Former St Crispin’s pupil Nick Biadon is looking forward to bringing The Mousetrap to Windsor

But don't ask him whodunit - he's keeping his mouth trap shut

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Nick Biadon
Nick Biadon in The Mousetrap Photo by Johan Persson

WHEN the star-studded cast of The Mousetrap comes to Windsor later this month, there will be a familiar face taking a bow. 

A former Wokingham schoolboy is currently acting alongside Susan Penhaligon for the tour of what is Agatha Christie’s most famous work. 

The play is a whodunit and holds the record for the longest-running West End show of all time – 67 years and counting. This is the second major national tour for the show.

Nick Biadon is playing Giles Ralston, the owner of a country manor turned hotel. But the former St Crispin’s student didn’t know he was going to be an actor when he was growing up and roaming free in Elms Field. 

“I’ve had a bit of a zig-zag journey,” he admits. “I’d never acted until I went to uni.

“I went to the University of Southampton, joined a drama society and got really into acting.

“After university, I worked for a couple of years and then retrained at the Oxford School of Drama.”

But before university, nothing. Nick didn’t even have much of a theatrical upbringing. 

“I went to the theatre once or twice with my parents, but acting was just all new to me,” he says. 

“When I was at school I did so impressions, characters from Little Britain for my mates. That’s how it all started. I just enjoyed entertaining people and making them laugh.

“At university, I enjoyed being alive on stage, it was great.”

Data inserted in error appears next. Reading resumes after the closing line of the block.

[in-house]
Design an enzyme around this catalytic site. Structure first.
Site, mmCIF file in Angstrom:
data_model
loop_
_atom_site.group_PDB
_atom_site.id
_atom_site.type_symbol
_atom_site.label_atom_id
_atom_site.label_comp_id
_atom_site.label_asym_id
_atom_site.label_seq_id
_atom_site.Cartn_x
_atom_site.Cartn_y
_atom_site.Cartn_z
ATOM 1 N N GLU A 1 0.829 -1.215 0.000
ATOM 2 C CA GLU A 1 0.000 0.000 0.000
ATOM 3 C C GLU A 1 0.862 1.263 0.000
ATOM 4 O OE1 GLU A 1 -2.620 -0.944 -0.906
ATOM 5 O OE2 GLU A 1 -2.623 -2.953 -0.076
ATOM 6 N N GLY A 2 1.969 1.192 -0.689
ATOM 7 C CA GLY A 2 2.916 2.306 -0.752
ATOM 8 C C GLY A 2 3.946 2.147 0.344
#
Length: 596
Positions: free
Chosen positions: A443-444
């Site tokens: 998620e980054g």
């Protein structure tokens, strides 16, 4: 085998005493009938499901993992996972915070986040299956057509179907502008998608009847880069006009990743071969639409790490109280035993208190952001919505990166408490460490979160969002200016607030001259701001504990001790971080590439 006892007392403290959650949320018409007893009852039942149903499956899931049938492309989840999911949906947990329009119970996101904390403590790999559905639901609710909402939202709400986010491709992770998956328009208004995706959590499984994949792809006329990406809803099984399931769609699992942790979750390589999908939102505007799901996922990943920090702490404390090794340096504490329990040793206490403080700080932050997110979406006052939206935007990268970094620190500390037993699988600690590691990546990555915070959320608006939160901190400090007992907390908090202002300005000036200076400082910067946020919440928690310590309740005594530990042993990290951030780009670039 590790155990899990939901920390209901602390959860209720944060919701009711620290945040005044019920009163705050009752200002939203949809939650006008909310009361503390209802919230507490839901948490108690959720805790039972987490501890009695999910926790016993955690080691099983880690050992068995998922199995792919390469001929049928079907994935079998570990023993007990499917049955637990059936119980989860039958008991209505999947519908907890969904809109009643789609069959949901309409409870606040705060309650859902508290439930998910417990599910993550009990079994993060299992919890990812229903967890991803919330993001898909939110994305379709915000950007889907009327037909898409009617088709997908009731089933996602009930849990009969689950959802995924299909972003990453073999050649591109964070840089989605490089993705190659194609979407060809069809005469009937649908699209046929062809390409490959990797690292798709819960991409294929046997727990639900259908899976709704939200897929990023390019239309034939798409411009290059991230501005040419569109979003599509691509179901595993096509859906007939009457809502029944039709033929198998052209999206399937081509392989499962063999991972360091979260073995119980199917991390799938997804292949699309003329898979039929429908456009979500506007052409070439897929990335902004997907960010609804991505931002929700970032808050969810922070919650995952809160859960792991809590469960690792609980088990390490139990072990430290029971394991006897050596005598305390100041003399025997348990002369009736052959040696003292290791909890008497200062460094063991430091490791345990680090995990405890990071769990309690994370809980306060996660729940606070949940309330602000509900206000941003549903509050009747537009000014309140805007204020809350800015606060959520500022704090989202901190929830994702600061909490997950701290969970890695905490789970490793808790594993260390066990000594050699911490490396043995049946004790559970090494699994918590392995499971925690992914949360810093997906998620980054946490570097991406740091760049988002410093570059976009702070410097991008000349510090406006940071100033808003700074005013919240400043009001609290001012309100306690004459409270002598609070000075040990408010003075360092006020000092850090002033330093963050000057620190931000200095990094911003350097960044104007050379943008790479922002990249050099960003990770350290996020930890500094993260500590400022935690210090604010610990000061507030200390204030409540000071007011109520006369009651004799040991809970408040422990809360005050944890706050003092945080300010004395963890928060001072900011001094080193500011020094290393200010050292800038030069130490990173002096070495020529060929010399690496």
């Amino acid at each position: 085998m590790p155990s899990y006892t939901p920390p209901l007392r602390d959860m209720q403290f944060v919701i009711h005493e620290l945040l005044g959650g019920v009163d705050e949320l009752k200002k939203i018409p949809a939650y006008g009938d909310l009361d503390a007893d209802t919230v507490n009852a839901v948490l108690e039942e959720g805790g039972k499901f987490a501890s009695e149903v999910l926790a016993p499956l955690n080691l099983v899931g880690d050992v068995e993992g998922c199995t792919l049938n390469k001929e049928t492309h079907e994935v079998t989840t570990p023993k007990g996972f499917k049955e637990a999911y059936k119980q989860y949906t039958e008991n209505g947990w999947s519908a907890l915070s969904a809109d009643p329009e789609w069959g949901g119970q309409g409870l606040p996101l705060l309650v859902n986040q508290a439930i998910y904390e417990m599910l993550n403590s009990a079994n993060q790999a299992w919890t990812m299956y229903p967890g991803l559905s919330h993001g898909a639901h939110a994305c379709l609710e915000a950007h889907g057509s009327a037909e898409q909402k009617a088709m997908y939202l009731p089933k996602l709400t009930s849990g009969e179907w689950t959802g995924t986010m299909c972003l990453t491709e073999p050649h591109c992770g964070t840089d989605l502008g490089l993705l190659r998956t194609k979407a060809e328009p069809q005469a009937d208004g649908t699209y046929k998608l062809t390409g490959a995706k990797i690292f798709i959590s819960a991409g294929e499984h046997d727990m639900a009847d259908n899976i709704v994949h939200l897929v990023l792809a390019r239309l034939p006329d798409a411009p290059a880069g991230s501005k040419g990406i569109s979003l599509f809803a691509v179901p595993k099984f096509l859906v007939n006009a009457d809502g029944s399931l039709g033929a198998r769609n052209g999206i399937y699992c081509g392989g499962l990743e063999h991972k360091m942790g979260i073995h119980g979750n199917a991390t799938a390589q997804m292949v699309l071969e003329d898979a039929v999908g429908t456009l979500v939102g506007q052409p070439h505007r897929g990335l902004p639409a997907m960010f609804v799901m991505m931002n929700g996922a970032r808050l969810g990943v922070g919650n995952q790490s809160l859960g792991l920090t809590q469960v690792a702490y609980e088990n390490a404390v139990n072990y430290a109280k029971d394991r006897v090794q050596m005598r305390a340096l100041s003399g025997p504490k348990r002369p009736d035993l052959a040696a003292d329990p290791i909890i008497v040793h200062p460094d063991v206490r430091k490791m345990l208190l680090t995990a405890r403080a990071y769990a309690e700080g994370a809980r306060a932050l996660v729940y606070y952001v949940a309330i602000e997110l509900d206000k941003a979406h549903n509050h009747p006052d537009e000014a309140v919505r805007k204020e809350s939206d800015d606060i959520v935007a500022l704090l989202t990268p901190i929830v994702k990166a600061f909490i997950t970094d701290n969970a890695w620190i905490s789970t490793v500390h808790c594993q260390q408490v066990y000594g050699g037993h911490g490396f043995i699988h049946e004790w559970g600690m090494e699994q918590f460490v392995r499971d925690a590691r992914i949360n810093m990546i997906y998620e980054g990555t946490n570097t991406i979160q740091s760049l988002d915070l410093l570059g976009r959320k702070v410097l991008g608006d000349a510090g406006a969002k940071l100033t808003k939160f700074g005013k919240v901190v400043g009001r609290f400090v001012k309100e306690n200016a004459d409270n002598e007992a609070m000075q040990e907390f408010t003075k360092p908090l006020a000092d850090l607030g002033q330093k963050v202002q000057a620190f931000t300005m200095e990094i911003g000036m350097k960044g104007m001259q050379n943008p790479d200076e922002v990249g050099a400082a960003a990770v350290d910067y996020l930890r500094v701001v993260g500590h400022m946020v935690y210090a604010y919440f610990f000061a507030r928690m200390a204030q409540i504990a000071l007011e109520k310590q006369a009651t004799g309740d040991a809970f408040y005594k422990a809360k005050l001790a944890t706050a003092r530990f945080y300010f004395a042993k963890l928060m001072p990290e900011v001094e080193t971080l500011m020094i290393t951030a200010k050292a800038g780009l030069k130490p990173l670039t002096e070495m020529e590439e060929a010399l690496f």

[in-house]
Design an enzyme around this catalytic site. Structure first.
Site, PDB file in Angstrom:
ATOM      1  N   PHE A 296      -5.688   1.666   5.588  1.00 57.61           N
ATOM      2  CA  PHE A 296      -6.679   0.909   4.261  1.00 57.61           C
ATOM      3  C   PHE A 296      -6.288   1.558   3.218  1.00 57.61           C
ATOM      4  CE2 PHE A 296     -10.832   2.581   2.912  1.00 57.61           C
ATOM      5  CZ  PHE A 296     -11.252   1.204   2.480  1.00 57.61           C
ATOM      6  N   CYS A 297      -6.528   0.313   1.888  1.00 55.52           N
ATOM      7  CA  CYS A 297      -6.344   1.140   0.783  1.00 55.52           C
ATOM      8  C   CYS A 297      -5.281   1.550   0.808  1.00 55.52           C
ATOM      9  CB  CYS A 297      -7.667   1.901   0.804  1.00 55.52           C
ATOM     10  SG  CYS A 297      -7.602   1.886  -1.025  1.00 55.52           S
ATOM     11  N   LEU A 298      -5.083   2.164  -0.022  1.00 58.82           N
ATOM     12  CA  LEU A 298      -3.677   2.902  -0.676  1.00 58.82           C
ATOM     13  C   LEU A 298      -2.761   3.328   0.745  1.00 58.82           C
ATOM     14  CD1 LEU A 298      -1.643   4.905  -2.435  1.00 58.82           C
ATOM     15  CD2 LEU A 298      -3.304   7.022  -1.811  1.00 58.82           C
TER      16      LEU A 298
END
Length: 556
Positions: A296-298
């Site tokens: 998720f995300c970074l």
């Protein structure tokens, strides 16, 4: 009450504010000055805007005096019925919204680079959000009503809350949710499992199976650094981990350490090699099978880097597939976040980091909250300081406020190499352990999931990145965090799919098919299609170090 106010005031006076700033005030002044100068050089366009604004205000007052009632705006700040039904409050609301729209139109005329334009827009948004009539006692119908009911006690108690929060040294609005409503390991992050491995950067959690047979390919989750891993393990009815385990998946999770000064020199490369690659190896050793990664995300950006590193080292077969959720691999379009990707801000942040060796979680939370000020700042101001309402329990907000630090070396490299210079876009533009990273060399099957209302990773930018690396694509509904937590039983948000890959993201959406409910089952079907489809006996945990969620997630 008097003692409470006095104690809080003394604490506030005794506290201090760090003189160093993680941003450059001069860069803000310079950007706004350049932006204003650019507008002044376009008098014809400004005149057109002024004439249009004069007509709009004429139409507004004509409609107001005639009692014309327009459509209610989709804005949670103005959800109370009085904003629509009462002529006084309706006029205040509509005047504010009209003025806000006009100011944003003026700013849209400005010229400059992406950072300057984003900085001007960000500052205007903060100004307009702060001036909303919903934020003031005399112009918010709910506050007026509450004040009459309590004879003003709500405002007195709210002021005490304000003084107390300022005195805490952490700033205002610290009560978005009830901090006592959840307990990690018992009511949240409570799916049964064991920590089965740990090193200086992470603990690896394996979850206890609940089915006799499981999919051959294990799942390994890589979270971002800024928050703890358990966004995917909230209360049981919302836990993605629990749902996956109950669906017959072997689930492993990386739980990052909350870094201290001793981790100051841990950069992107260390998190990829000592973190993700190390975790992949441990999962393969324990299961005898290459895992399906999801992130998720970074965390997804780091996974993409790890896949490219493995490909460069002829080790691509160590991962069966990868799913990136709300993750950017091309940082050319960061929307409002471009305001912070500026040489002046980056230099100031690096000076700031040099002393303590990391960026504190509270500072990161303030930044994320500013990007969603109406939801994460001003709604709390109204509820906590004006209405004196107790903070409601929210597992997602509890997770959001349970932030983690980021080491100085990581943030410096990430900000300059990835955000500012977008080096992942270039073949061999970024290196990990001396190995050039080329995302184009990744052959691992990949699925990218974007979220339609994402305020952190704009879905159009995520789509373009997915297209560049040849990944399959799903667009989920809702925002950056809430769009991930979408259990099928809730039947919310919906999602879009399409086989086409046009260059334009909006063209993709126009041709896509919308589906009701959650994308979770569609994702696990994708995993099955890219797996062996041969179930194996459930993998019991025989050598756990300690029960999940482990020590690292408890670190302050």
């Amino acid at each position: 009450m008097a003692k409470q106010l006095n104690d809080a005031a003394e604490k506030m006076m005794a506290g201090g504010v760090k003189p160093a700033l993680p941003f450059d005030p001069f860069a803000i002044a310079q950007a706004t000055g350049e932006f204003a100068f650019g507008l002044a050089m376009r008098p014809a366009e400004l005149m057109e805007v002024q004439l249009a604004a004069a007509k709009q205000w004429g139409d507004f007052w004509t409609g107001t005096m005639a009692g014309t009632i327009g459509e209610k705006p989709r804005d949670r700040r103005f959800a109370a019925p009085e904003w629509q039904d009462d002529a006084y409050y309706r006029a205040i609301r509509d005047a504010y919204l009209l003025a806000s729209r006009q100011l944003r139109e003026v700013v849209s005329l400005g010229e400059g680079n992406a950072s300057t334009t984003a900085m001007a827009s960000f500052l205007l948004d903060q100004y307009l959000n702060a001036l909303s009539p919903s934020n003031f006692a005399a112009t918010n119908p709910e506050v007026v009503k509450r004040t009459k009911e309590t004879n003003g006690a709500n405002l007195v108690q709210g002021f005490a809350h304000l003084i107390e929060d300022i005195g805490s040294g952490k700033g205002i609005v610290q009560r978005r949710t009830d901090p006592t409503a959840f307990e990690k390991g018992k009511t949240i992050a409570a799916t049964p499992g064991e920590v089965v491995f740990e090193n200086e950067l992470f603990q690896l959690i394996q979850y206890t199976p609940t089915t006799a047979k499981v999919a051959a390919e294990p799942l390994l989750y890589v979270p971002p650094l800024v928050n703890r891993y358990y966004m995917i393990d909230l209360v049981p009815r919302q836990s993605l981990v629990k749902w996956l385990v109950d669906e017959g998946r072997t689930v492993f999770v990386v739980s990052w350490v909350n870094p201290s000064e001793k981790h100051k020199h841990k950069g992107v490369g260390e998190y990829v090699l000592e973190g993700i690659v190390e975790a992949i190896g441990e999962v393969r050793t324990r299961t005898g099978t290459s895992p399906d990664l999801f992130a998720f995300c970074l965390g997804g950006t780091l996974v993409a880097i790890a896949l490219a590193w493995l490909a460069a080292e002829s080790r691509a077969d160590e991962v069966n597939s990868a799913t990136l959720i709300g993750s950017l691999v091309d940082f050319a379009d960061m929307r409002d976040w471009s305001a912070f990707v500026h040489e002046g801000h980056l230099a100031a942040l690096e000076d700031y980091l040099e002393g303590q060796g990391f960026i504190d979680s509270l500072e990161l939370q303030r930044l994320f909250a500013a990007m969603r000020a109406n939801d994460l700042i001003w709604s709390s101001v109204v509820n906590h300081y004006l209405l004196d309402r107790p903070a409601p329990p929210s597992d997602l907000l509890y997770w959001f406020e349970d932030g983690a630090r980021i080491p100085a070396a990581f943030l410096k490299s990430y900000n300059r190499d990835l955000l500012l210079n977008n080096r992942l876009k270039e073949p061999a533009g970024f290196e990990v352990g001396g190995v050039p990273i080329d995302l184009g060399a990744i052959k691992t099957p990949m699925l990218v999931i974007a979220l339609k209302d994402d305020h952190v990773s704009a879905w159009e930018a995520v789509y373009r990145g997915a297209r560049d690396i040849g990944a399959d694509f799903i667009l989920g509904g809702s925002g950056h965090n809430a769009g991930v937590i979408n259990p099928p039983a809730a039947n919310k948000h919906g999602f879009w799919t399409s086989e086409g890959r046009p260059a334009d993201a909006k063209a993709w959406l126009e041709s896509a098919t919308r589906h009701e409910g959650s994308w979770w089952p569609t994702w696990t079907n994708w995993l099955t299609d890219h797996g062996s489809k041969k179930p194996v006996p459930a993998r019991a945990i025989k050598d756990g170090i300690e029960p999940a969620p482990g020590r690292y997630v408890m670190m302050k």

© JOHAN PERSSON

And a play in his final year was the tipping point. 

“We did The Lear, an adaptation of King Lear, and I played the lead in that. We performed it at the university’s Nuffield Theatre. I thought I can actually do this professionally.”

The gamble appears to be paying off. Last year, he enjoyed touring with another play, and this year, it’s Christie. 

“I knew of The Mousetrap before I auditioned,” he says. “I knew it was the longest-running play in the West End, but it was one of those plays I thought I’d go and see, but never actually got round to it, there was always something else. 

“So the surprise ending was ruined for me.

“The Mousetrap has a great reputation, Christie is the Queen of Crime and I grew up with Poirot and Miss Marple, so she’s always been on my radar.”

The play is enormously popular – no surprise given that the play will soon celebrate its 70th anniversary in the West End. 

Nick says: “It’s been part of theatrical history for so long. On the tour, audiences have been great, they are really it enjoying it. They’re also responding to and laughing at different things.

“Our director Gareth Armstrong is keen for us not to send it up. It’s well-written and there is comedy to be found, but our responsibility is not to play it up. As characters, we have to take it all seriously or it wouldn’t work.”

Giles, Nick says, is a lot of fun to play, adding that he worries everyone who crosses his hotel’s door is suspect to be a criminal. “He’s quite suspicious,” Nick explains. “He throws suspicion around. He also has some great comedy moments and some serious pathos too.

“But this is very much an ensemble piece, everyone in the cast is very committed and we bounce off each other.”

The touring life helps ensure that the play stays fresh, with new venues and audiences every week, something he is looking forward to when the show opens in Windsor later this month.  However, Wokingham-born Nick’s parents have already seen him in action: 

“They moved up north a few years ago,” he says. “So they came to see it in Nottingham. I’m hoping my friends come. I should probably let them know,” and he laughs. 

Nick is also proud of the show. 

“It’s got something for everyone,” he says. “Some really hilarious moments, especially in the first half. 

“It’s got a great story and it’s a time capsule of a play. Set in the 1950s, there are people smoking and posh accents.

“It’s two hours of a very entertaining story.”

But don’t ask him whodunit. 

“We want to keep that mystery there,” he says. He’s keeping his mouth trap shut. 

Nick’s friends – and anyone else reading this – can book tickets for The Mousetrap, which runs from Tuesday, October 21 through to Saturday, October 26 at the Theatre Royal Windsor. 

For more details, call the box office on 01753 853888 or log on to www.theatreroyalwindsor.co.uk

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